Four "good kids" are dead, the apparent victims of asphyxiation from inhaling laughing gas in a storage area of a dentist's office.
However, Cedar City police on Tuesday morning had not been notified by the state medical examiner of the exact cause of death.The bodies of Owen Mark Gregerson, 18, and Shawn Williams, 19, both of Cedar City; Christine Cherie Miller, 20, Fillmore; and Margaret J. Probert, 20, Scipio, Millard County, were discovered Monday when police and the Iron County attorney's office investigated the accident at 747 Paradise Canyon Road, the office of Ned O. Gregerson, father of one of the victims.
Iron County Attorney Scott Burns said the nitrous oxide was used by the dentist.
"They're all good kids, and it's a tragic loss for the community," Burns said.
It's not the first time in Utah the gas has been used "improperly," according to an official of the Utah Dental Association.
Dr. Jack K. Rasmussen, a West Valley City dentist and member of the association's House of Delegates, said there have been incidents in Utah of dental office employees and even doctors themselves using it improperly. There have been deaths in physicians' and dental offices from unsupervised employees administrating the gas to themselves.
"Unsupervised use of it can be deadly when it is self-administered - even by those trained to administer the gas," Rasmussen said. "Once a person is under its effect, there is no way to monitor it."
However, Rasmussen noted that nitrous oxide is the oldest and safest anesthesia available and has gained popularity in dental offices during the past 15 years. Patients, he stressed, should not be concerned about receiving the gas in an office where the physician has been properly trained.
To ensure its safe use, the Division of Occupation and Professional Licensing, Department of Business Regulations requires dentists to have extensive training in administering the gas. They have to obtain a special permit to use it. "You just can't graduate from dental school and go out and use it," Rasmussen said.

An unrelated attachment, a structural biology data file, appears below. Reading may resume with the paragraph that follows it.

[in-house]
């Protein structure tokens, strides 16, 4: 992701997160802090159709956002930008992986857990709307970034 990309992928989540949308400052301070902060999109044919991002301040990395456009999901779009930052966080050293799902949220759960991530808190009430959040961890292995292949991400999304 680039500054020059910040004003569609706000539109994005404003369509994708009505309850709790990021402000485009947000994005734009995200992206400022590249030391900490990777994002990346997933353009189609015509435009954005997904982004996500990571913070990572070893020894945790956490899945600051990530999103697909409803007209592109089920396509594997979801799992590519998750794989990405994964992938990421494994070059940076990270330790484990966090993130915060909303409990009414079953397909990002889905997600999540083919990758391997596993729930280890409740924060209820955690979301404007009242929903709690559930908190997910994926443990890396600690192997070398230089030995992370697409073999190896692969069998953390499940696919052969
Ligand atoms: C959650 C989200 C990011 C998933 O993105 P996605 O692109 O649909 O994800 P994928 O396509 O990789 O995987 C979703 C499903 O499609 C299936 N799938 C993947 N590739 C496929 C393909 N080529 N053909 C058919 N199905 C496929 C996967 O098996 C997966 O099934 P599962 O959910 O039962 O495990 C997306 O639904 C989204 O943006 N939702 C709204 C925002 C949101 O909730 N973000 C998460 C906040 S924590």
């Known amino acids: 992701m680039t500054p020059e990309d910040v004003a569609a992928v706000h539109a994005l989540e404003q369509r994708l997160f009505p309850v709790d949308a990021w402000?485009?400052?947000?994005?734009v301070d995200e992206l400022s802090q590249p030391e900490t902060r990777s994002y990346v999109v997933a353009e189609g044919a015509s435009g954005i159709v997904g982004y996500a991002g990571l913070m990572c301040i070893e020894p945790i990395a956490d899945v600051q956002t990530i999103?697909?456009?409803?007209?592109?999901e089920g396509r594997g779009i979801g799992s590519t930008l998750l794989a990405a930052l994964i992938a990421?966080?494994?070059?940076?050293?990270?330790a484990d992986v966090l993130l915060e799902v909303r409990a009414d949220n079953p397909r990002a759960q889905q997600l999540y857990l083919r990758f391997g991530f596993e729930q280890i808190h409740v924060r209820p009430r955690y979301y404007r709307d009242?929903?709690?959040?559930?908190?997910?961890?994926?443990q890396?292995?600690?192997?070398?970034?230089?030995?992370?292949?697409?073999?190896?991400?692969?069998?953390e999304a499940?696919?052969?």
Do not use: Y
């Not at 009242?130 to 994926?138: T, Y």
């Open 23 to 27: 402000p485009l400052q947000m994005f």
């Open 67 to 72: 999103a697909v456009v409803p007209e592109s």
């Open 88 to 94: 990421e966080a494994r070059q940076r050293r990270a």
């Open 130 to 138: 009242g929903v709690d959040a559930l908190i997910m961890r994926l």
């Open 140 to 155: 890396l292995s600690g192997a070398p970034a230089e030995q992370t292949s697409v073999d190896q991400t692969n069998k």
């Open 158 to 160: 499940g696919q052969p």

Physicians and nurse anesthetists also use the anesthesia, as do veterinarians on some occasions.
Nitrous oxide is used extensively in dentists' offices to relax patients and make time pass quickly. It does not eliminate pain but reduces anxiety and fear.
Rasmussen said people respond differently to nitrous oxide, just as they do to any drug. Therefore, the gas, administered with oxygen in the doctor's office, is closely monitored.
"Patients are always regulated to a point of where they are able to respond to the doctor," he said.
"It's very dangerous and has to be administered by someone who knows the complications and knows how to monitor it," stressed Ann Peterson, state licensing coordinator.
Rasmussen said, "The problem with nitrous oxide is that it competes with oxygen, and if you are in a closed area with no oxygen being supplemented, it can be deadly."
People using the gas unsupervised can go so deep into anesthesia that they suffocate and die.
That's apparently what happened to the Cedar City youths.
Burns said the tanks were turned on long enough to cause the deaths. The bodies, which were discovered just before noon Monday, were examined by the state medical examiner to determine the actual cause of death.
Burns said at a press conference that the four have no police records and have not been in trouble with the law.
The two young men were last seen Sunday night at 10:30 and had plans to meet the two women, according to Burns. He said the four were found by employees of the office building when they entered the storage room where the nitrous oxide tanks were stored. He indicated there was no evidence of forcible entry but added authorities are ruling the deaths accidental and ruled out suicide.